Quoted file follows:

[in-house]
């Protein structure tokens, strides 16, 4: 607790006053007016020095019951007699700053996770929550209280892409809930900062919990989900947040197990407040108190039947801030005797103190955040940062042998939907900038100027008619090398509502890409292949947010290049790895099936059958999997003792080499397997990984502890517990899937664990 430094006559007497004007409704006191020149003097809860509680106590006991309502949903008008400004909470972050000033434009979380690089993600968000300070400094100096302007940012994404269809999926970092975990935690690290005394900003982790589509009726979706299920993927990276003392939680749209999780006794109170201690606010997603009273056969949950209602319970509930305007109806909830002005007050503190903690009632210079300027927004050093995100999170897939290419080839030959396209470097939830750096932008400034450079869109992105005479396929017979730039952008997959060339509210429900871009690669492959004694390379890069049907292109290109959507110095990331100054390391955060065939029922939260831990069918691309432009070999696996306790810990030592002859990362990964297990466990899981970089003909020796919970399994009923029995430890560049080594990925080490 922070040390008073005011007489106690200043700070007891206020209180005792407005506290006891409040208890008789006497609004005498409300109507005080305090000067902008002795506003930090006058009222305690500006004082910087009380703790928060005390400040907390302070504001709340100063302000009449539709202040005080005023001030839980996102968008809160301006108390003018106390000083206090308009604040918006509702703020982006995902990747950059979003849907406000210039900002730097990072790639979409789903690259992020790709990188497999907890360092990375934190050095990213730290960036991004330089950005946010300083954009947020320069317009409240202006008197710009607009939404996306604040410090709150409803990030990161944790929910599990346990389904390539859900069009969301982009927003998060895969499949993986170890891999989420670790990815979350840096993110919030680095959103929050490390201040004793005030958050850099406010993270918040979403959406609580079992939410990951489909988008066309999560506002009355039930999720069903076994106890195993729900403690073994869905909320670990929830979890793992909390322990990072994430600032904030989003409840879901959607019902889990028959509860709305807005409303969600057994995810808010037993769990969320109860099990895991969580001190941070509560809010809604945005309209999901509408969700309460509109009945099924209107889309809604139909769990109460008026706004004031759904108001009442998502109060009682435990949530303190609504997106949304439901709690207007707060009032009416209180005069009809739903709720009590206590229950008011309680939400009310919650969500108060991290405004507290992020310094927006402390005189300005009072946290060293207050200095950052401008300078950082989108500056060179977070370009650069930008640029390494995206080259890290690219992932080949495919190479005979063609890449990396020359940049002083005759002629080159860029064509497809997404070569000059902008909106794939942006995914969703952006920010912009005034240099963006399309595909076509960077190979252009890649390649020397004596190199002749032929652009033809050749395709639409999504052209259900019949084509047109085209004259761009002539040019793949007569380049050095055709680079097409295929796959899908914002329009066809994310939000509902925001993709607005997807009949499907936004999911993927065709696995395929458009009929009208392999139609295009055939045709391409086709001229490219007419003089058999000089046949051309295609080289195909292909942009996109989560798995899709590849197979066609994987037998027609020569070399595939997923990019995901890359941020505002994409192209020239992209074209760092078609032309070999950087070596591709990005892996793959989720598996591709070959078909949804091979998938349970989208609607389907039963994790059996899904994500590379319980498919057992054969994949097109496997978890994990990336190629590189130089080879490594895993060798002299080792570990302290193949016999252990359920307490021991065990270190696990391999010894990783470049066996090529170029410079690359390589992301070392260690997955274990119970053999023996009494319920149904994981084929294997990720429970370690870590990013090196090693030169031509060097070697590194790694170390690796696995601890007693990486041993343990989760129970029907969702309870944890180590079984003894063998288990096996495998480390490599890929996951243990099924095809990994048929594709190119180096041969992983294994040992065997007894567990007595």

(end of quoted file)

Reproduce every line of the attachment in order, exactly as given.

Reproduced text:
[in-house]
């Protein structure tokens, strides 16, 4: 607790006053007016020095019951007699700053996770929550209280892409809930900062919990989900947040197990407040108190039947801030005797103190955040940062042998939907900038100027008619090398509502890409292949947010290049790895099936059958999997003792080499397997990984502890517990899937664990 430094006559007497004007409704006191020149003097809860509680106590006991309502949903008008400004909470972050000033434009979380690089993600968000300070400094100096302007940012994404269809999926970092975990935690690290005394900003982790589509009726979706299920993927990276003392939680749209999780006794109170201690606010997603009273056969949950209602319970509930305007109806909830002005007050503190903690009632210079300027927004050093995100999170897939290419080839030959396209470097939830750096932008400034450079869109992105005479396929017979730039952008997959060339509210429900871009690669492959004694390379890069049907292109290109959507110095990331100054390391955060065939029922939260831990069918691309432009070999696996306790810990030592002859990362990964297990466990899981970089003909020796919970399994009923029995430890560049080594990925080490 922070040390008073005011007489106690200043700070007891206020209180005792407005506290006891409040208890008789006497609004005498409300109507005080305090000067902008002795506003930090006058009222305690500006004082910087009380703790928060005390400040907390302070504001709340100063302000009449539709202040005080005023001030839980996102968008809160301006108390003018106390000083206090308009604040918006509702703020982006995902990747950059979003849907406000210039900002730097990072790639979409789903690259992020790709990188497999907890360092990375934190050095990213730290960036991004330089950005946010300083954009947020320069317009409240202006008197710009607009939404996306604040410090709150409803990030990161944790929910599990346990389904390539859900069009969301982009927003998060895969499949993986170890891999989420670790990815979350840096993110919030680095959103929050490390201040004793005030958050850099406010993270918040979403959406609580079992939410990951489909988008066309999560506002009355039930999720069903076994106890195993729900403690073994869905909320670990929830979890793992909390322990990072994430600032904030989003409840879901959607019902889990028959509860709305807005409303969600057994995810808010037993769990969320109860099990895991969580001190941070509560809010809604945005309209999901509408969700309460509109009945099924209107889309809604139909769990109460008026706004004031759904108001009442998502109060009682435990949530303190609504997106949304439901709690207007707060009032009416209180005069009809739903709720009590206590229950008011309680939400009310919650969500108060991290405004507290992020310094927006402390005189300005009072946290060293207050200095950052401008300078950082989108500056060179977070370009650069930008640029390494995206080259890290690219992932080949495919190479005979063609890449990396020359940049002083005759002629080159860029064509497809997404070569000059902008909106794939942006995914969703952006920010912009005034240099963006399309595909076509960077190979252009890649390649020397004596190199002749032929652009033809050749395709639409999504052209259900019949084509047109085209004259761009002539040019793949007569380049050095055709680079097409295929796959899908914002329009066809994310939000509902925001993709607005997807009949499907936004999911993927065709696995395929458009009929009208392999139609295009055939045709391409086709001229490219007419003089058999000089046949051309295609080289195909292909942009996109989560798995899709590849197979066609994987037998027609020569070399595939997923990019995901890359941020505002994409192209020239992209074209760092078609032309070999950087070596591709990005892996793959989720598996591709070959078909949804091979998938349970989208609607389907039963994790059996899904994500590379319980498919057992054969994949097109496997978890994990990336190629590189130089080879490594895993060798002299080792570990302290193949016999252990359920307490021991065990270190696990391999010894990783470049066996090529170029410079690359390589992301070392260690997955274990119970053999023996009494319920149904994981084929294997990720429970370690870590990013090196090693030169031509060097070697590194790694170390690796696995601890007693990486041993343990989760129970029907969702309870944890180590079984003894063998288990096996495998480390490599890929996951243990099924095809990994048929594709190119180096041969992983294994040992065997007894567990007595």